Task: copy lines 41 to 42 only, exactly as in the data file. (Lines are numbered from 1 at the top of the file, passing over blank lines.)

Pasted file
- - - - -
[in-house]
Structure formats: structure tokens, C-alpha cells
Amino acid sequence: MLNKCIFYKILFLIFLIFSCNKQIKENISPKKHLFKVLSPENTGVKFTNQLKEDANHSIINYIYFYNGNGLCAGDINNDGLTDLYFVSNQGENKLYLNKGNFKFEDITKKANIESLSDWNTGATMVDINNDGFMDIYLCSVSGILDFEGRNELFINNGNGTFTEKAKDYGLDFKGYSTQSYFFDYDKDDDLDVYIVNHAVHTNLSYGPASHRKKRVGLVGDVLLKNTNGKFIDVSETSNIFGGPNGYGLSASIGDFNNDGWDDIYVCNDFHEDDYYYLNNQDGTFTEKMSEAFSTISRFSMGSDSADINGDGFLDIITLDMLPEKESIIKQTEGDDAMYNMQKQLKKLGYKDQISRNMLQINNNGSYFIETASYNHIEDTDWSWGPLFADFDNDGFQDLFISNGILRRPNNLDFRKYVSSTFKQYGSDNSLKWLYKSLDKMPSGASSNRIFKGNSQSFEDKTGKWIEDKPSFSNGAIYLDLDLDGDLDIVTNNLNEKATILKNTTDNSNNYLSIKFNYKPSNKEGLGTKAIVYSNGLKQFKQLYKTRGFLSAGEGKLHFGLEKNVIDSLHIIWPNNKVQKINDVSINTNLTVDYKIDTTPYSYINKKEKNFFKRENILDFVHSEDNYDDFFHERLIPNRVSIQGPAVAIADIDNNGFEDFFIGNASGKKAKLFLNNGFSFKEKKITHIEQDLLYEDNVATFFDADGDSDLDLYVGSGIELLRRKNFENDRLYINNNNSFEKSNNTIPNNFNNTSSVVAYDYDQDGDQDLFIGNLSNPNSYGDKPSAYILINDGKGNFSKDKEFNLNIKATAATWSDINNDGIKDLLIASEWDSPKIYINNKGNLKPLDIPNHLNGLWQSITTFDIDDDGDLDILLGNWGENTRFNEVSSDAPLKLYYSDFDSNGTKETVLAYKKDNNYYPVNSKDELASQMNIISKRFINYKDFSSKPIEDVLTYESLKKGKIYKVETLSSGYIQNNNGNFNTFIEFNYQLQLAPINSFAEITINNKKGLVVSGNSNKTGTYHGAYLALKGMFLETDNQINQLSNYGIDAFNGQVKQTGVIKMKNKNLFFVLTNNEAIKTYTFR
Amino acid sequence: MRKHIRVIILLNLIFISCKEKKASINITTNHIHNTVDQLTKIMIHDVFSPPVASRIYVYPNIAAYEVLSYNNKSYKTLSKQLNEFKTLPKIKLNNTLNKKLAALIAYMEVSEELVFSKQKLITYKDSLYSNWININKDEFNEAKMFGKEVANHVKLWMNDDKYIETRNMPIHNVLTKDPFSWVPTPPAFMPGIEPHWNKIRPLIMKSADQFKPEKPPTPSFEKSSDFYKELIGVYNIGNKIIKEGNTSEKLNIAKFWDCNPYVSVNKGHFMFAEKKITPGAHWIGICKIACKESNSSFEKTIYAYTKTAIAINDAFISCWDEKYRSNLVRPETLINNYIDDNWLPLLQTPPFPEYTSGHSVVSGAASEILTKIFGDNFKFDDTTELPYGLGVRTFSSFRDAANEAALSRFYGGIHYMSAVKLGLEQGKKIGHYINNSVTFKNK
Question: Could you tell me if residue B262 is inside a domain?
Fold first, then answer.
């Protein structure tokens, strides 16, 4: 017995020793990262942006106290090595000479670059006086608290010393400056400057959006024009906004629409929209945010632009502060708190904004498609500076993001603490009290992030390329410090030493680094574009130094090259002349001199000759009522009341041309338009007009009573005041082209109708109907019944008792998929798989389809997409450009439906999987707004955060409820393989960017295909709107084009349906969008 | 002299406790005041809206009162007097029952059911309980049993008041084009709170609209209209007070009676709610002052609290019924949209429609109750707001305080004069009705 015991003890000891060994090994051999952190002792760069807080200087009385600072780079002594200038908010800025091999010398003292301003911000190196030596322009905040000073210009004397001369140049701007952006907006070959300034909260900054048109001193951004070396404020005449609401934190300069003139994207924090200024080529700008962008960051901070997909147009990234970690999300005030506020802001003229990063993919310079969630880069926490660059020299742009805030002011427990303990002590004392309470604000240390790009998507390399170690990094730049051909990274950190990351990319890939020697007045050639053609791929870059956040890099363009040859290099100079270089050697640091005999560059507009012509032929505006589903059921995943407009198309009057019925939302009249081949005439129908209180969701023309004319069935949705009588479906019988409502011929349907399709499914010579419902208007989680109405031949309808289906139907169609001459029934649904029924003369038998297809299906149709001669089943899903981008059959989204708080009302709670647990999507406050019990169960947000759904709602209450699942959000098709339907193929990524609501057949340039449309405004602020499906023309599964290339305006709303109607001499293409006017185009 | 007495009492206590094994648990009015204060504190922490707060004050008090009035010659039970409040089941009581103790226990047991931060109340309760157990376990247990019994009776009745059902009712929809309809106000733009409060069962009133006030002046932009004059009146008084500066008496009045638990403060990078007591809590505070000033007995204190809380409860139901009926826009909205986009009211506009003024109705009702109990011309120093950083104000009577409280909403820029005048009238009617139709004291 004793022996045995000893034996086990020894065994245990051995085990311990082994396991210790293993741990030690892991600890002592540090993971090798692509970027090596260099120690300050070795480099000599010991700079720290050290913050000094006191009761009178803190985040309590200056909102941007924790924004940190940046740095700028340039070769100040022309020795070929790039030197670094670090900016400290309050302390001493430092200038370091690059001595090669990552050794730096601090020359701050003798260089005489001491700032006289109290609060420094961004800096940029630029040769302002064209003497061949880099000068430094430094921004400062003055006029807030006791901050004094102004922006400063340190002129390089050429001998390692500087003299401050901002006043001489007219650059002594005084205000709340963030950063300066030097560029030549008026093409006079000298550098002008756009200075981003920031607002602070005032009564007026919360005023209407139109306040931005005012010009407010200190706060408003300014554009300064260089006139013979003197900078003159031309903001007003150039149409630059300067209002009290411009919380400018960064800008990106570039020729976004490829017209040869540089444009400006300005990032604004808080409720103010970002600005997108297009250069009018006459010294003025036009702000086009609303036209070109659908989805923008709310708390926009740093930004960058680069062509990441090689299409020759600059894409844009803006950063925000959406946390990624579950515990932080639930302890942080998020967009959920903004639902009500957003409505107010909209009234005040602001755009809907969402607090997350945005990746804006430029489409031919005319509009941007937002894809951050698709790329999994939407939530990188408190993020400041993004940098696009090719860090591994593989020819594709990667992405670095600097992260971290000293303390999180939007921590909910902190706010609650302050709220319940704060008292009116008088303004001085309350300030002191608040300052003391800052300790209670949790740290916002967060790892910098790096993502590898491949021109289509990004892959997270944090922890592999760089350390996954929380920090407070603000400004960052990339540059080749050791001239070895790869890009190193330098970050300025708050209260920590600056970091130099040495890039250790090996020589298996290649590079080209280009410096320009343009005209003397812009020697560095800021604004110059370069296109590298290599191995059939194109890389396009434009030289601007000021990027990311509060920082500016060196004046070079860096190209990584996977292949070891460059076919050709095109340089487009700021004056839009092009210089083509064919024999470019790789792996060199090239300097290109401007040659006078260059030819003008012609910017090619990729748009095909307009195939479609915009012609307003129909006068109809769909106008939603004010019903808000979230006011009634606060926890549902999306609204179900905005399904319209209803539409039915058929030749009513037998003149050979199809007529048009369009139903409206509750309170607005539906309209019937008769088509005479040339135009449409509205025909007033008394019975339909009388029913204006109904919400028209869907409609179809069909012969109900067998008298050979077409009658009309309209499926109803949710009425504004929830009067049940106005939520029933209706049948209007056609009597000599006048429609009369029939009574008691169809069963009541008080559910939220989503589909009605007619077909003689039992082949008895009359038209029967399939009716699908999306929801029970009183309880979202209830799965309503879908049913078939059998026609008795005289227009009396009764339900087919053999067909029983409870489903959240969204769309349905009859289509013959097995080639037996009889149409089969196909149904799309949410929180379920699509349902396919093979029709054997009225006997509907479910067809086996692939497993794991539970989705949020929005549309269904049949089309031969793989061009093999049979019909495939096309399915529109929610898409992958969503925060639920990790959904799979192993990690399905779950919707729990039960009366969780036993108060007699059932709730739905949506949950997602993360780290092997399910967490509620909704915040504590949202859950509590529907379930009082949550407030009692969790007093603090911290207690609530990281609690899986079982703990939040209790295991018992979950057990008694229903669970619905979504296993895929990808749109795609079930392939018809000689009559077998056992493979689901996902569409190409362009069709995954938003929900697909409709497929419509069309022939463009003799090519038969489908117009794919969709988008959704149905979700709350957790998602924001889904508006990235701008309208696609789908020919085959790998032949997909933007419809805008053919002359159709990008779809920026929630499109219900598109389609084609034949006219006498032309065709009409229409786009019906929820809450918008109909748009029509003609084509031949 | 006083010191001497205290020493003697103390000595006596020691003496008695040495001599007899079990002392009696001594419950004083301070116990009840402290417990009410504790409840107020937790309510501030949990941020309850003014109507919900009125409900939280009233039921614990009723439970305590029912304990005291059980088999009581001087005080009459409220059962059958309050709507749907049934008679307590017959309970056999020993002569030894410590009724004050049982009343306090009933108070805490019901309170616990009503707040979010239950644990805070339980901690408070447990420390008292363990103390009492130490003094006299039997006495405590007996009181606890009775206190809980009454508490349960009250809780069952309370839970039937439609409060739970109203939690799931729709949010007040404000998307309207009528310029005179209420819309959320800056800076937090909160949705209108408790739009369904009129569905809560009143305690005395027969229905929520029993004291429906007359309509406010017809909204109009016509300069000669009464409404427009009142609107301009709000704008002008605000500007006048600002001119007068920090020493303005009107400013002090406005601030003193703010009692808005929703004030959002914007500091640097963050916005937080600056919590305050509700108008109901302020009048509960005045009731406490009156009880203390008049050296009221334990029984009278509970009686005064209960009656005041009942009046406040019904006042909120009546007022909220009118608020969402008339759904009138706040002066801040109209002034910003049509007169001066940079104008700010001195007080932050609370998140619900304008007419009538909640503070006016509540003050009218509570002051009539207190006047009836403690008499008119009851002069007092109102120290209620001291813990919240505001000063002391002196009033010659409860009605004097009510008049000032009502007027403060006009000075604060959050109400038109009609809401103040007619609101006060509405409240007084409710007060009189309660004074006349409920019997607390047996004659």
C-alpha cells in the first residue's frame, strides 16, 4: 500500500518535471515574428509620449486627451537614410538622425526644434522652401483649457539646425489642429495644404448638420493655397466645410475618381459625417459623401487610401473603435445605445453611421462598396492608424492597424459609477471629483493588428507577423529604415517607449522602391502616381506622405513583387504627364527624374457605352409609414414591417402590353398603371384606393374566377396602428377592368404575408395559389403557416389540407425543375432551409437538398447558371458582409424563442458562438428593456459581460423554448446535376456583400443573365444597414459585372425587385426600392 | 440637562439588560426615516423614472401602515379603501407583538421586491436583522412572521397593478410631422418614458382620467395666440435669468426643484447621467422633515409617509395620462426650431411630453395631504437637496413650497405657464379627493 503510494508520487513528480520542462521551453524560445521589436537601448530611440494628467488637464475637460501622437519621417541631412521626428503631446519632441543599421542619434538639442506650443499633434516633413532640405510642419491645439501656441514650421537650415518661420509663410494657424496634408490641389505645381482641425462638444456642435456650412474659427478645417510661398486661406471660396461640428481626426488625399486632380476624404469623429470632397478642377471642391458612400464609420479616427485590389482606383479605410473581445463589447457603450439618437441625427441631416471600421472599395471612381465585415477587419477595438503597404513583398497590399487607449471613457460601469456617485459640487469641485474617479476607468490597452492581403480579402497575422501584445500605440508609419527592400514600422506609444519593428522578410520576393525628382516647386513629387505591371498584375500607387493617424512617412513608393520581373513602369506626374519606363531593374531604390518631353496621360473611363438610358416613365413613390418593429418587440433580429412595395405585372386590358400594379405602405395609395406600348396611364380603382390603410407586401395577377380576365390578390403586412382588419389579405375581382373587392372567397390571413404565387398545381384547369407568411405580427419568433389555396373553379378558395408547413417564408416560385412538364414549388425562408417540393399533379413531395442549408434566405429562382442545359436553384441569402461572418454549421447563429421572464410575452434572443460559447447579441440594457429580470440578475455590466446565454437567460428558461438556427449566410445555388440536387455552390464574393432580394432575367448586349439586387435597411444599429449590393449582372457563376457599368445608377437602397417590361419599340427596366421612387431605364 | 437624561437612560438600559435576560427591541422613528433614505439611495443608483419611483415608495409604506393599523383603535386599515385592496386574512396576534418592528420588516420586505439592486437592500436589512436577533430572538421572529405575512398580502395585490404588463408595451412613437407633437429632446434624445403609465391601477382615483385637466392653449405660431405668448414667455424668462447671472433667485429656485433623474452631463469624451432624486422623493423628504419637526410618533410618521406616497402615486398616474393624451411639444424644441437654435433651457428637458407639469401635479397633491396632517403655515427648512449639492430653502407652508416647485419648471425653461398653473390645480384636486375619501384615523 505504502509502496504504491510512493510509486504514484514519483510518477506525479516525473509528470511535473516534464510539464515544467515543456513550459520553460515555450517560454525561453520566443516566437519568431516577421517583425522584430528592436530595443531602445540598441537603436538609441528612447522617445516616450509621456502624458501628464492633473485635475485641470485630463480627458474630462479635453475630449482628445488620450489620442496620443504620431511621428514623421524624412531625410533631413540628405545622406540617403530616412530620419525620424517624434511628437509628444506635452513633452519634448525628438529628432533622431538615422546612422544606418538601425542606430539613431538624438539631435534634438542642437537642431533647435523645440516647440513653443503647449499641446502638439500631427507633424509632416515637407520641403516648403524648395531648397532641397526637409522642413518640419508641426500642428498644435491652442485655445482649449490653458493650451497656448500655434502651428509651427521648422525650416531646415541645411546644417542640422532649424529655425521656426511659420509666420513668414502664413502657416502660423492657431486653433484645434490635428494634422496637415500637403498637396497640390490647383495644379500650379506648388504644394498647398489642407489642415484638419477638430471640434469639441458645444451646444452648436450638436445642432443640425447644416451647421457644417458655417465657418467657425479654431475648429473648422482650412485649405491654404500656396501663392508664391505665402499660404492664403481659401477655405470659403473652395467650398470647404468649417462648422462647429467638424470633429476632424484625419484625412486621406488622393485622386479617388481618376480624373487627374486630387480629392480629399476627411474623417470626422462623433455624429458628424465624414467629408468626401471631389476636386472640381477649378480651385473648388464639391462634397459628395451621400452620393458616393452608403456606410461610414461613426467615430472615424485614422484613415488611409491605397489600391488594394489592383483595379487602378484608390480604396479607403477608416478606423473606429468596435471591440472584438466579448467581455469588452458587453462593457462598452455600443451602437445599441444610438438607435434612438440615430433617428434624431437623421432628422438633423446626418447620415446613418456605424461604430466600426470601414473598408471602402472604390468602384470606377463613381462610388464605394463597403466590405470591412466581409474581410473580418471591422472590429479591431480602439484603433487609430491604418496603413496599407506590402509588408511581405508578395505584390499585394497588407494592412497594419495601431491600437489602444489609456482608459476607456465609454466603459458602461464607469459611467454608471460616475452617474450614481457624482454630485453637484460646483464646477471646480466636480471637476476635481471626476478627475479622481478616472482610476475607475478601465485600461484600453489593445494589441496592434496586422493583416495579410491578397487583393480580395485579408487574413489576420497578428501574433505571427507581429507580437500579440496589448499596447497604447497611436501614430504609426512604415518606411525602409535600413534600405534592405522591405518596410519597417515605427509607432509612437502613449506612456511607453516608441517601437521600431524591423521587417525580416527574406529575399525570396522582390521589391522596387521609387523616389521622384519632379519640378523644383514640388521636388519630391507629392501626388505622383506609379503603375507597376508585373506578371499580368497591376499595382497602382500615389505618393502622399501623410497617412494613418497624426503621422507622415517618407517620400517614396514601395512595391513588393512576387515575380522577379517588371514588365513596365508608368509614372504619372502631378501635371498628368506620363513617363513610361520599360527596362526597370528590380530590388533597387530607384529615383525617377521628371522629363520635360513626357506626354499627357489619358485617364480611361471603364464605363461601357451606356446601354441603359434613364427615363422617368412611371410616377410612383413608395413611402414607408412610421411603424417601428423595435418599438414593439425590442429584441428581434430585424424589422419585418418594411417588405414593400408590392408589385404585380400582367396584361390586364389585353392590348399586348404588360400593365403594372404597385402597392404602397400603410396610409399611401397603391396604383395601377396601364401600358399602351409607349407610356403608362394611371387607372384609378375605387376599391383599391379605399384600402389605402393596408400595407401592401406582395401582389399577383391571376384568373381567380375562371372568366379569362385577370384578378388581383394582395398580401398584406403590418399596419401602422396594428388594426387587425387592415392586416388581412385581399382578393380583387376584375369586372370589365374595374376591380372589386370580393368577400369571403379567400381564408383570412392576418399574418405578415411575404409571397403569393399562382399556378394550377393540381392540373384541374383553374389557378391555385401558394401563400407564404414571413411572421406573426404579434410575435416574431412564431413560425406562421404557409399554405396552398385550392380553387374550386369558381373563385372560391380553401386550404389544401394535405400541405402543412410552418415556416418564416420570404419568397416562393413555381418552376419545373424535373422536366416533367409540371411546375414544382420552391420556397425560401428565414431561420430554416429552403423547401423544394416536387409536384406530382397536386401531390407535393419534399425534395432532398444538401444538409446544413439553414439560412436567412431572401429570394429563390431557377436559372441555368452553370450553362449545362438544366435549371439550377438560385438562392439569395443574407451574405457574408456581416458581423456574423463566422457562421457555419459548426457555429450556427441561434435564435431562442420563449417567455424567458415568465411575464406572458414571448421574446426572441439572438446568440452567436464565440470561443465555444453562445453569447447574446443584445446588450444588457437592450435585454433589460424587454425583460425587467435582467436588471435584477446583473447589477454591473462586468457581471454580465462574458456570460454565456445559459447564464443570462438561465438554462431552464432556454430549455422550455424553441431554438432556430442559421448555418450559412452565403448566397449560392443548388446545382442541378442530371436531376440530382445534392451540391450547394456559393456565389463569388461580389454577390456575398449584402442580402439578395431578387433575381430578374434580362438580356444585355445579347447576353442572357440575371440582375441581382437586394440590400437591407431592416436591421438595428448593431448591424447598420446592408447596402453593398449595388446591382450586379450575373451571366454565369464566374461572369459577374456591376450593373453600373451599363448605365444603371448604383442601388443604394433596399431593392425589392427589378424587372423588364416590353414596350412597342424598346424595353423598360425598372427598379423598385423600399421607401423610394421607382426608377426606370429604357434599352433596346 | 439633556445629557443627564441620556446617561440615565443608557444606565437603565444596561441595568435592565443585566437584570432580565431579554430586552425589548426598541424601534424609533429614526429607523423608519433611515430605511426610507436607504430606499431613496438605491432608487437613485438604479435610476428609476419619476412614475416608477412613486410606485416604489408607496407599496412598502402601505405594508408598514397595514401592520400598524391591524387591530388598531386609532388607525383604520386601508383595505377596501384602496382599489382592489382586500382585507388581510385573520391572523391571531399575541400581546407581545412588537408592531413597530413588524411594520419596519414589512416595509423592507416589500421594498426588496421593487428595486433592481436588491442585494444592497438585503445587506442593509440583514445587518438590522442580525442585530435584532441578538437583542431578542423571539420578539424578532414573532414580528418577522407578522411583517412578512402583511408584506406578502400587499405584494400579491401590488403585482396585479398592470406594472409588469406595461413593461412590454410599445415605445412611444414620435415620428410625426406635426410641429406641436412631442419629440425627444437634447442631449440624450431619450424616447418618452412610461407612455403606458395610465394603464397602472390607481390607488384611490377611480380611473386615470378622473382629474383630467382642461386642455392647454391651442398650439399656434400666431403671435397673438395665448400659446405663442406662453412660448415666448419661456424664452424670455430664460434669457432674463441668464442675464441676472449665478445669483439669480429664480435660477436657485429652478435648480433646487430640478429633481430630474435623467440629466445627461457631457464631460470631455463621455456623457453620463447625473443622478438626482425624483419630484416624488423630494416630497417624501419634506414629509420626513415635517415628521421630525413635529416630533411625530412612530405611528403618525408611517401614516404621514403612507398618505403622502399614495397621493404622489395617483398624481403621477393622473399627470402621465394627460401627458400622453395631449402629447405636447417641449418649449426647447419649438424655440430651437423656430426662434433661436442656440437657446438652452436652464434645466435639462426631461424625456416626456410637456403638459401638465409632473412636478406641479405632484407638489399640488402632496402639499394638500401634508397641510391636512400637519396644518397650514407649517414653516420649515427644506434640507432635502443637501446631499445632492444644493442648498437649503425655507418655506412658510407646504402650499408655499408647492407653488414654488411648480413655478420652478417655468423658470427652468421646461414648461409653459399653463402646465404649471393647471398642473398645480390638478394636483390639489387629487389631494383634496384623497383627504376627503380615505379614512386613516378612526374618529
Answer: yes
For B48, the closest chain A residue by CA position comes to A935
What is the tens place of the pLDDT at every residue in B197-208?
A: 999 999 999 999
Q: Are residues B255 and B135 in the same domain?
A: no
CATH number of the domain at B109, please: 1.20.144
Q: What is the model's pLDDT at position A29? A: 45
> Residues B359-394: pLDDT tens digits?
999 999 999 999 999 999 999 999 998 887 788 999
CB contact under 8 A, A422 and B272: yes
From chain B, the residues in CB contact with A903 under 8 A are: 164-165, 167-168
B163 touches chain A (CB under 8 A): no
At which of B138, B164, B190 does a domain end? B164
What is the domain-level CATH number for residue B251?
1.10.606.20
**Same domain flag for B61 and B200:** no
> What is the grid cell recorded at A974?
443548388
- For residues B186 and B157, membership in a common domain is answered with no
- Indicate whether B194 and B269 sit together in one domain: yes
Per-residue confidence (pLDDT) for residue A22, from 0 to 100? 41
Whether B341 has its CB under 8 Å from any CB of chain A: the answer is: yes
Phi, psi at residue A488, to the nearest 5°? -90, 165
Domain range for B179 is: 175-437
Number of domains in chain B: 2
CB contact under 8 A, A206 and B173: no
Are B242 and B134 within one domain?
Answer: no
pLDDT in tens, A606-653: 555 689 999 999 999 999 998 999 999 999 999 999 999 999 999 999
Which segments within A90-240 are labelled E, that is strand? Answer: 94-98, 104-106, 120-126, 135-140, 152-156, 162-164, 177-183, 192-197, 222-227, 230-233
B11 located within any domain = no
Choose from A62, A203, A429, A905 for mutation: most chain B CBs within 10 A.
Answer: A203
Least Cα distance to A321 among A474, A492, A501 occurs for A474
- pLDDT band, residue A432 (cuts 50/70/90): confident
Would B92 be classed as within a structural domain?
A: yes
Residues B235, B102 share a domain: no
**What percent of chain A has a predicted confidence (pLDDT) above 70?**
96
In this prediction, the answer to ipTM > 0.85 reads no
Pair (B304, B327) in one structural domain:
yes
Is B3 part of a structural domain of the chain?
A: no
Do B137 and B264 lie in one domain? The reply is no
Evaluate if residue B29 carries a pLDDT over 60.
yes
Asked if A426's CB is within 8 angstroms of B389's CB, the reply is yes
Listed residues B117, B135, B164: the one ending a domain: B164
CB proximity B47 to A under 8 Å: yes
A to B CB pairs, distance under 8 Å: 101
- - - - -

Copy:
Choose from A62, A203, A429, A905 for mutation: most chain B CBs within 10 A.
Answer: A203